This week, in honor of the 67th anniversary of the D-Day landings AND the onset of wedding season, the Smithsonian Snapshot brings you an interesting artifact that ties both World War II and weddings that is currently not on display. This wedding dress was made from a nylon parachute that saved Maj. Claude Hensinger during the Pacific campaign.
In August 1944, Hensinger, a B-29 pilot and his crew were returning from a bombing raid over Yowata, Japan, when their engine caught fire. The crew was forced to bail out. Suffering from only minor injuries, Hensinger used the parachute as a pillow and blanket as he waited to be rescued. He kept the parachute that had saved his life. He later proposed to his girlfriend Ruth in 1947, offering her the material for a gown.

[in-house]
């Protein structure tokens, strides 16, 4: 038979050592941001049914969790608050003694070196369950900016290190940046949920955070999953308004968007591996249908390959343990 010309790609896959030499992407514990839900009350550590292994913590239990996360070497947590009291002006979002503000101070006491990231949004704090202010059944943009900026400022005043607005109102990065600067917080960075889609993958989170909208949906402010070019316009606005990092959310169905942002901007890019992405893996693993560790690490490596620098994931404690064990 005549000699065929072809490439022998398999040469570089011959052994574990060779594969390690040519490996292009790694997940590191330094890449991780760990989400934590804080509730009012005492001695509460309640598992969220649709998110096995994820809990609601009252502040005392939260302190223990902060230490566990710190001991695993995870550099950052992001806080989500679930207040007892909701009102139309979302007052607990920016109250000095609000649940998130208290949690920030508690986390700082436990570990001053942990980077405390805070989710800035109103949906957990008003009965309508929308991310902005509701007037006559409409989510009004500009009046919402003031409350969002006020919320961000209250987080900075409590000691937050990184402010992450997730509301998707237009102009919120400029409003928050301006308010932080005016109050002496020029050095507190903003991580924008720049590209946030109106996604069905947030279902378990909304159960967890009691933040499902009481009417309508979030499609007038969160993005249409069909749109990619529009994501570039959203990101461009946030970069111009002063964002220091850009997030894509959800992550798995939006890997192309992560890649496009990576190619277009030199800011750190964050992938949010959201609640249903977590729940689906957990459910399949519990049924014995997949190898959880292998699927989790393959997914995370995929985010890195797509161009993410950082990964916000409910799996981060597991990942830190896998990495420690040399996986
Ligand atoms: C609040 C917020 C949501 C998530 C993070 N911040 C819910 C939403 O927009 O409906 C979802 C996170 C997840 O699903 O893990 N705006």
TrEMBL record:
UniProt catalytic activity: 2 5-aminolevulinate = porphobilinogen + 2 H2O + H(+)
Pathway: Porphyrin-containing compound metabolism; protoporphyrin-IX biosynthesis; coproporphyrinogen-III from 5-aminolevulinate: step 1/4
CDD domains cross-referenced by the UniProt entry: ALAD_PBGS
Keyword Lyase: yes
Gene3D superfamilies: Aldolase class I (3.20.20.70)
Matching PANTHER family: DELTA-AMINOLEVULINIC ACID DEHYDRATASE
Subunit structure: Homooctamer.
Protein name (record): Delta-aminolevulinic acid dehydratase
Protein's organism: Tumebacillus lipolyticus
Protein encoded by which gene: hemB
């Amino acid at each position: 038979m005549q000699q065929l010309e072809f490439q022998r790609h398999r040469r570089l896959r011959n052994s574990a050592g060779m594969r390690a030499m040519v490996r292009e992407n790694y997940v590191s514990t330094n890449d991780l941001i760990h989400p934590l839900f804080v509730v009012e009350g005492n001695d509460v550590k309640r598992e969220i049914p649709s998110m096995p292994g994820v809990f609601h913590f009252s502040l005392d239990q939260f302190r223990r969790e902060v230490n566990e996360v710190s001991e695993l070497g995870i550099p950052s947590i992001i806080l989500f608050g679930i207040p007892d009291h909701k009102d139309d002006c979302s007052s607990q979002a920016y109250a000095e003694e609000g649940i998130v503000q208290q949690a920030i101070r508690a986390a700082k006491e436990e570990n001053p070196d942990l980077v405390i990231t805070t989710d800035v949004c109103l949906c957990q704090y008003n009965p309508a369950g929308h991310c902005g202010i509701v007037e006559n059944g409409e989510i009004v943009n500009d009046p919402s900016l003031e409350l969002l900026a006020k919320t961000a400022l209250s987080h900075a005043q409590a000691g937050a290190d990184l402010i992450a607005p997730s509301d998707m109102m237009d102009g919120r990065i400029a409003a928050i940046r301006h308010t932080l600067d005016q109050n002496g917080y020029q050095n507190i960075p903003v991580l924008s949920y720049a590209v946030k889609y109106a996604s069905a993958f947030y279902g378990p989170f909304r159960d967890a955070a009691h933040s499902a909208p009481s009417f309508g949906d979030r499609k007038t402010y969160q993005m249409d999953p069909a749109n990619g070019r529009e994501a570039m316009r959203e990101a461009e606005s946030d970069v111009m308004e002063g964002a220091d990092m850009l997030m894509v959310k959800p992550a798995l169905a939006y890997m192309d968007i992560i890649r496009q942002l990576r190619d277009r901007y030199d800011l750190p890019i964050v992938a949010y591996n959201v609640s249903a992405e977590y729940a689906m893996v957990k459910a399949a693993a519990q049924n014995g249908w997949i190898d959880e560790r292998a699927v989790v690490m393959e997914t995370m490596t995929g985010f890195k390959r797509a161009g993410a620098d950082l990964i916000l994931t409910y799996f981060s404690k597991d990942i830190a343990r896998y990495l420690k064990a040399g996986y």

Ruth wanted to create a dress similar to one in the movie Gone with the Wind. She hired a local seamstress, Hilda Buck, to make the bodice and veil. Ruth made the skirt herself; she pulled up the strings on the parachute so that the dress would be shorter in the front and have a train in the back. The couple married July 19, 1947. The dress was also worn by the their daughter and by their son’s bride before being gifted to the Smithsonian.